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 BUILDING OF THE REPLICA

In 1986, the Columbus Foundation was formed in the British Virgin Islands to raise money to build the three ships that Christopher Columbus used in his encounter with the New World. With the 500th Anniversary only six years away, it seemed like an opportune time to encourage interest in such a project. What was not known at the time that the quincentennial would turn out to be such a non-event. Some people saw nothing to celebrate. Instead, they thought that it should be an occasion to protest while pursuing modern political agendas.

The Columbus Foundation wasn't looking for heroes or villains. Theirs was a search for information. There were no authentic pictures of the Pinta, Niña or the Santa Maria,and all of the so-called models, replicas, or reproductions that had been built in the past merely represented what some artist, architect, archaeologist or model ship builder thought what they ought to have looked like.


The next two years were spent in research. During that time it became evident that due to money and time constraints it would be possible to build only one replica. It was decided that the Niña would be built. The original Santa Maria ran aground in Hispaniola and sank on the first voyage. She was a nao, or freighter and was built in Galicia. She became the flagship because she was the largest of the fleet but Columbus disliked her for her dull sailing qualities, and when she sank, he recorded in his journal she was very heavy, and not suitable for the business of discovery. The least was known about the Pinta, and after the first voyage she disappeared from history without a trace. The Niña, like the Pinta, was a caravel, which was a common trading vessel in use during the Age of Discovery.

Caravels were also used as cargo carriers, warships, patrol boats, and even corsairs (pirate ships). Their advantages were speed, a shallow draught, and manoeuvrability, plus the fact that they were good sailing ships. The Niña, which is rigged as a Caravela Redonda, has square sails on the main and foremast for sailing downwind, and lateen (triangular) sails on the mizzen masts.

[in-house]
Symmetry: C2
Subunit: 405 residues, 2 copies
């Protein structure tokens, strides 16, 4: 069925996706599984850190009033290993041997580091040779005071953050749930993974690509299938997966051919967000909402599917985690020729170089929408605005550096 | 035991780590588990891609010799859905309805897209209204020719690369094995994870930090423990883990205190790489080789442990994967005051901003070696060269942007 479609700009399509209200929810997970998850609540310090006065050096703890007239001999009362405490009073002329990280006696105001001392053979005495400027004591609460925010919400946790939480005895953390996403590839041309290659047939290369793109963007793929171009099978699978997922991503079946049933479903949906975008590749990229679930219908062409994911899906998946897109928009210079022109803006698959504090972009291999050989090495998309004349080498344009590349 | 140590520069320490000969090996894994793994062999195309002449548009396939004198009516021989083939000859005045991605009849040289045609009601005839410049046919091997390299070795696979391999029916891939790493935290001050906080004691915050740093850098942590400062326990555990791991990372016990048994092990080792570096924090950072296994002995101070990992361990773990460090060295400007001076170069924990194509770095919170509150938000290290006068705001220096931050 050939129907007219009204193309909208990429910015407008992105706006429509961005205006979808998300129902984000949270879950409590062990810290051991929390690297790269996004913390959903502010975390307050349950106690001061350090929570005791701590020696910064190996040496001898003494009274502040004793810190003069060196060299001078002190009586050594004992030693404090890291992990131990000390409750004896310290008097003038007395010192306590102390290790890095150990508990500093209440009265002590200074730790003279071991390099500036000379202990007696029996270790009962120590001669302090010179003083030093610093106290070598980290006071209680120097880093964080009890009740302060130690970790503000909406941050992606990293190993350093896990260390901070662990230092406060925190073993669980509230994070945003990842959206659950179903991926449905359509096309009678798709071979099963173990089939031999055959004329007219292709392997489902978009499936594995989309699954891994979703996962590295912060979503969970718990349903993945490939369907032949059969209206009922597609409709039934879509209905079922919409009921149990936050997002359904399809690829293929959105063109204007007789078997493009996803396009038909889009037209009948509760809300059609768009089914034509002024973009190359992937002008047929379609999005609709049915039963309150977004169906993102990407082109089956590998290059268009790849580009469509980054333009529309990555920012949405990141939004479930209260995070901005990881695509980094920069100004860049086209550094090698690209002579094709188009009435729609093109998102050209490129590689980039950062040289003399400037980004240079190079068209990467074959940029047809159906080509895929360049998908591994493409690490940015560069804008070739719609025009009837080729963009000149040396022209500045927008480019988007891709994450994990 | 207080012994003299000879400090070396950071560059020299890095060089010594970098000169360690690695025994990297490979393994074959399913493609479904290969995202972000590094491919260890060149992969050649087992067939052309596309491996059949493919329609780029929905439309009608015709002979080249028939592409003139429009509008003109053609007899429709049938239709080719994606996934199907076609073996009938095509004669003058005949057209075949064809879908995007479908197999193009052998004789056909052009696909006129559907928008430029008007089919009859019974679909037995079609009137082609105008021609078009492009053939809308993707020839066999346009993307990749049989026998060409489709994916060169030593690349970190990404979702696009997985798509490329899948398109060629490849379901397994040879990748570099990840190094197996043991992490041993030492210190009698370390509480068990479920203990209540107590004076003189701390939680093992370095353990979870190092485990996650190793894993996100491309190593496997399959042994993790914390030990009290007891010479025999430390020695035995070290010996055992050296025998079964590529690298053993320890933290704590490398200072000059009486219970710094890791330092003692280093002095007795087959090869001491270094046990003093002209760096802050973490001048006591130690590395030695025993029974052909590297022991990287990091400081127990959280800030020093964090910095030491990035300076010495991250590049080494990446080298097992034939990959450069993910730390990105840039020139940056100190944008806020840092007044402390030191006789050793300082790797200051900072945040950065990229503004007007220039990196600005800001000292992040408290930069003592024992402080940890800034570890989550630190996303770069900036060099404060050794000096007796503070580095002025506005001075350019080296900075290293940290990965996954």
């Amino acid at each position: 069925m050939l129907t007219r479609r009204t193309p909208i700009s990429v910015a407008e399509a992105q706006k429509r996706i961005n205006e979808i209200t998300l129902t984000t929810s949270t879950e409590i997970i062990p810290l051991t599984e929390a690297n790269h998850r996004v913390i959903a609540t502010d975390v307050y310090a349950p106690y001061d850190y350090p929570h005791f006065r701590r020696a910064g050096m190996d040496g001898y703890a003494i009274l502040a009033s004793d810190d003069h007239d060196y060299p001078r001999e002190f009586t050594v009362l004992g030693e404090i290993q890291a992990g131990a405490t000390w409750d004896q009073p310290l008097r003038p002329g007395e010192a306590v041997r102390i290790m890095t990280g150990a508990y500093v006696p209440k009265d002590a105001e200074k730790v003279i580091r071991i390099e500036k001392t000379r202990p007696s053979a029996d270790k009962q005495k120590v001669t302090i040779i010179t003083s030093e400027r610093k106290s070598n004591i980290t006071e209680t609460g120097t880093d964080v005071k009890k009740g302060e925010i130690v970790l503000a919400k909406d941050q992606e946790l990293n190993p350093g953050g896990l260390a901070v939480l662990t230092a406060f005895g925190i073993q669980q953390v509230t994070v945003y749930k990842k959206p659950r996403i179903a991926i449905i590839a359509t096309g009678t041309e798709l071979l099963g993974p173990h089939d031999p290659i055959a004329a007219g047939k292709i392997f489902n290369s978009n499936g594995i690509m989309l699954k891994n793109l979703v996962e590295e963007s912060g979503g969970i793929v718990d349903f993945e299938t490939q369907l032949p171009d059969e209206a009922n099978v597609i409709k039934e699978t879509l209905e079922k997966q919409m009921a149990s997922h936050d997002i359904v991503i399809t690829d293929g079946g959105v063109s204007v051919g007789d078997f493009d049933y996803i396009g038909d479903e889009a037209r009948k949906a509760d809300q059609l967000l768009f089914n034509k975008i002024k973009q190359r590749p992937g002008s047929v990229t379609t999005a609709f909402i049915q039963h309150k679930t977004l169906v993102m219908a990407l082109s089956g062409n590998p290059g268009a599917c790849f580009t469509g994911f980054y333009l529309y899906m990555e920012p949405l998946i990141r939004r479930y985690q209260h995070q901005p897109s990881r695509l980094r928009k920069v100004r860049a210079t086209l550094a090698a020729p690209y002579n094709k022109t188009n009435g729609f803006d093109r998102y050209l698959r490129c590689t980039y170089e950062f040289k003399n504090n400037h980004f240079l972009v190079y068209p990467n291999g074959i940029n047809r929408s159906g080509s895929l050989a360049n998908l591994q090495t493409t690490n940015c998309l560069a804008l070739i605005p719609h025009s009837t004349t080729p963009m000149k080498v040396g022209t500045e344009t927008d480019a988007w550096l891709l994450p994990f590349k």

Caravels have always been linked with Portuguese and Spanish explorations and explorers. They were used to chart the Coast of Africa to the Cape of Good Hope by Bartholomew Diaz; they took part in all four of Columbus voyages; they were used by Vasco de Gama in 1502; in 1519, the caravel Santiago accompanied Magellan's expedition. The Caravel heydey lasted almost a hundred years from the early 1400's to the 1530's. Once Columbus established transatlantic routes, larger cargo vessels as well as warships were required, which paved the way for the development of the galleon.

Columbus changed the Niña's rig to a Caravela Redonda before the first voyage. The Niña was Columbus's favorite. She made the entire first voyage, bringing the Admiral safely home. When Columbus had the pick of the whole Merchant Marine on his second voyage he selected her out of 17 ships as his flagship for an exploratory voyage to Cuba, and purchased a half share in her. After his return she made an unauthorized voyage from Cadiz to Rome, was captured by a pirate off Sardinia, recaptured by her master and crew and returned to Cadiz in time to sail to Hispaniola early in 1498 as advance guard of Columbus third voyage. She was lying in Santo Domingo in 1500, and we last hear of her making a trading voyage to the Pearl Coast in 1501. The Niña logged at least 25,000 miles under Columbus' command.


In 1988, the Columbus Foundation hired John Patrick Sarsfield (click for more information on John), an American engineer, maritime historian, and expert on Portuguese caravels, to design and construct a replica of the Niña. John had lived in Brazil while working in the Peace Corps, and had learned of an archaic ship building process called Mediterranean Whole Moulding. This was a technique used by master ship builders in the 15th Century and likely used to build the original ships. Sarsfield discovered this technique in daily use in shipyards on the coast of Bahia in Brazil. In a sleepy little fishing village called Valenca, Sarsfield slowly gained the confidence of the Valencan shipwrights and they began to share with him the secrets of their techniques. Valenca was chosen as the building site for three reasons: shipwrights were using Mediterranean Whole Moulding in conjunction with mechanically generated geometric progressions known as graminhos, techniques that may be similar or identical to those used by the builders of discovery period ships.